Well folks, 2017 has been sort of a crazy year for me. I wanted to put out at least one song this year but life, as always, had other plans. On a positive note, I did pull two of my songs out of the archives and started collaborating with others to finish them. I also managed to lay down an acoustic guitar track for another original. Some progress is better than no progress. Stay tuned.
2016 isn’t killing off our favorite celebrities, the cycle of life is. It happens that most of us (I am 46) are old enough now that the celebrities we grew up adoring are anywhere from a few years to a few decades older than us. It should come as no real surprise that they’re starting to leave the mortal world in increasingly large numbers. To be honest, I am surprised that it took until 2016 for them to start dying off in such large numbers, considering the lifestyles many of them lead and the poor choices many of them have made in regards to substance abuse. I’m not writing this to be a heartless jerk because I am sad that they’re gone. I’m writing this because I am a realist and folks, this is reality.
This blog post is a cautionary tale about the technological capabilities of Big Brother. Here goes…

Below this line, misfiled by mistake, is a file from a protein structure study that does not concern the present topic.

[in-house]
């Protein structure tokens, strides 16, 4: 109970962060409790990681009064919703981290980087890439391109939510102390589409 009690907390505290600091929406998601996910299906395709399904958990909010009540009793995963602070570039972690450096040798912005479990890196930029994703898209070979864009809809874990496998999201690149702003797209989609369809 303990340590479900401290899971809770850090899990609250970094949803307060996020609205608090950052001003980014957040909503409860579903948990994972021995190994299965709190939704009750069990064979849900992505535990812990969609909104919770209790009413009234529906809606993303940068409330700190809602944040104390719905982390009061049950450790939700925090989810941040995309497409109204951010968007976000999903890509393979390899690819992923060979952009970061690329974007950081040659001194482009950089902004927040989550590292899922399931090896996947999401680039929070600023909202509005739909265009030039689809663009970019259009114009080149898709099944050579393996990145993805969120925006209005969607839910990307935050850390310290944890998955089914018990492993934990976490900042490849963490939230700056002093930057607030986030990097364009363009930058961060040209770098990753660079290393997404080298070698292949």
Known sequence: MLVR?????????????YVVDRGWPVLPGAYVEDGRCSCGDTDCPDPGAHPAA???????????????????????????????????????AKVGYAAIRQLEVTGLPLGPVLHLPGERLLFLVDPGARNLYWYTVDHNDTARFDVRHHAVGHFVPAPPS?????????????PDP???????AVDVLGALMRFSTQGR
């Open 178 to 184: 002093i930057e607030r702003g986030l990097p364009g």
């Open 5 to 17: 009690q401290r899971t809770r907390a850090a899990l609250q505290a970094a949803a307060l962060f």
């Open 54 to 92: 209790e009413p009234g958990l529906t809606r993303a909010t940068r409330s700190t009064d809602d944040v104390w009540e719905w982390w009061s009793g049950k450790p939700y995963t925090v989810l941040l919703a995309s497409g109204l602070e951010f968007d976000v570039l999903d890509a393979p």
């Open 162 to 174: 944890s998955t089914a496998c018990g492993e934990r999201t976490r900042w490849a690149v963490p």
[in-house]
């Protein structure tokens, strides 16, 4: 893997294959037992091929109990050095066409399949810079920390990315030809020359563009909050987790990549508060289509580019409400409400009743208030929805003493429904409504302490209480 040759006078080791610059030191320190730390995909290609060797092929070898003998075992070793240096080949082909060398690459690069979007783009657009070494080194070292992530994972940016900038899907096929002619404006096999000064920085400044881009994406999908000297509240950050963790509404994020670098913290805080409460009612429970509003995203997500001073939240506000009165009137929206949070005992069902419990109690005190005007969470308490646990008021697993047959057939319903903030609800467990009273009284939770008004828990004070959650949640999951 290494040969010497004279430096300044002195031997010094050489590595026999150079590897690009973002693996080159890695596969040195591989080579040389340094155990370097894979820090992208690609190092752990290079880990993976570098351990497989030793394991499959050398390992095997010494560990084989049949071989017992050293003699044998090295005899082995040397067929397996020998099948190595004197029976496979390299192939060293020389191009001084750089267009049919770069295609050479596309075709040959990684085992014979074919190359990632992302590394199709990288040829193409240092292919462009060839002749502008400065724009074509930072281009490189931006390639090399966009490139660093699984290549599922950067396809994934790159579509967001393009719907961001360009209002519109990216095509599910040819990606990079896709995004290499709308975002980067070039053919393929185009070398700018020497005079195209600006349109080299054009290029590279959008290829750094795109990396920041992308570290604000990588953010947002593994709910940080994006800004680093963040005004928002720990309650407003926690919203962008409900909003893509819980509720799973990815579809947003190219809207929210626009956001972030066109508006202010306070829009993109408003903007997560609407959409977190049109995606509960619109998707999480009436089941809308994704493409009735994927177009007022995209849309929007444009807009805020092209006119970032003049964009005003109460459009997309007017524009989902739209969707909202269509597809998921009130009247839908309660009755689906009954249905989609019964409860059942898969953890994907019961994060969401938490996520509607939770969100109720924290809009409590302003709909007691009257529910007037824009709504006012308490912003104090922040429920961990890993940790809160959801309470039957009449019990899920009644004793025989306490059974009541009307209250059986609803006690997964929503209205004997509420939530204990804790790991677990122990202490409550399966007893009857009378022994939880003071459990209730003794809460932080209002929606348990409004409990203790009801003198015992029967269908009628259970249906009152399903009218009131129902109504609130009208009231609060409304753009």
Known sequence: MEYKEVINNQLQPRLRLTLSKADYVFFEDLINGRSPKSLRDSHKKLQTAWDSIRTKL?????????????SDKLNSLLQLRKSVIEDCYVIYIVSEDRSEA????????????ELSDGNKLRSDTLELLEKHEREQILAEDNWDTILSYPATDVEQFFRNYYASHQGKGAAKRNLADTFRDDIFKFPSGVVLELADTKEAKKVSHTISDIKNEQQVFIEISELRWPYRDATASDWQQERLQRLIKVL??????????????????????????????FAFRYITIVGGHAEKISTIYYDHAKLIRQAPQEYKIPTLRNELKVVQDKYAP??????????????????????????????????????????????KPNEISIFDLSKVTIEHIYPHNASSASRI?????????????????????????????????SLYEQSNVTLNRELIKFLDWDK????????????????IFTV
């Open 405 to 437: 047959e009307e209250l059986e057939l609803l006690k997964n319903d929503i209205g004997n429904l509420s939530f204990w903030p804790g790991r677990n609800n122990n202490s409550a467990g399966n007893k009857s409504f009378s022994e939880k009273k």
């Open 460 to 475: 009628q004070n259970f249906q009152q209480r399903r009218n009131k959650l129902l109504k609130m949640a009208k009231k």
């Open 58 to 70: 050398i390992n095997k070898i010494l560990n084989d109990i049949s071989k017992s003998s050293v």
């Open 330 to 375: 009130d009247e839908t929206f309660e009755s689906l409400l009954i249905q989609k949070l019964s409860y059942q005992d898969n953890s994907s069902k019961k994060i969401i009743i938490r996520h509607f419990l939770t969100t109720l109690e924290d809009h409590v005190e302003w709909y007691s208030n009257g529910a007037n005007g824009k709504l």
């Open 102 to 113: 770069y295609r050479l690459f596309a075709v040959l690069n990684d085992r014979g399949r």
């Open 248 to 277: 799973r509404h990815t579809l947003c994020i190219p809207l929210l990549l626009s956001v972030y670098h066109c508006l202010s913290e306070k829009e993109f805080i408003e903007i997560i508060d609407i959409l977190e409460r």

Back on April 15, 2014, I set up my video equipment at a local venue as a favor to my friend Art because it was his big night… his debut CD release show. I had mentioned to him a few weeks back that I had the capability to live stream on YouTube so he asked me to do so for him. All was well for most of the night, until the band sang Happy Birthday To You to someone who came out to see the show. About half way through their rendition, a message popped up on my laptop screen in a red banner stating something to the effect that “ContentID” identified that they were performing a song they didn’t have a right to perform and if the performance didn’t cease immediately, the stream would be terminated. YouTube didn’t even give me a chance to let them know they were in violation. Almost immediately after that message popped up, I got another message stating that the stream had been terminated. Read More
So there’s been a big deal made about the fact that other than live singing at the half-time show during the Super Bowl, the instruments we’re pre-recorded. I have a few thoughts on this, so let’s get to it.
With the logistics of having to get that stage show on and off the field in less than 30 minutes AND with the really cold temperatures, it makes sense to me as a musician why they’d want to pre-record the instruments. When it’s that cold, it’s near impossible to keep a guitar in tune.
Now in my opinion, what they did is perfectly acceptable. They adapted to the situation AND still brought their stage show. They ALL brought it just as if they were all playing live. — I think they most likely intentionally didn’t use wireless packs for their instruments to hide the fact that the instruments were canned SPECIFICALLY so that people would talk. What a great way to get people talking about them for days after the show. In my eyes, that was a genus move on the part of RHCP. That, my friends, is what publicity is all about.
What are your thoughts? Do you feel cheated? Do you care one way or the other? Does the NFL need to lighten up and let artist just do their thing? Leave a comment!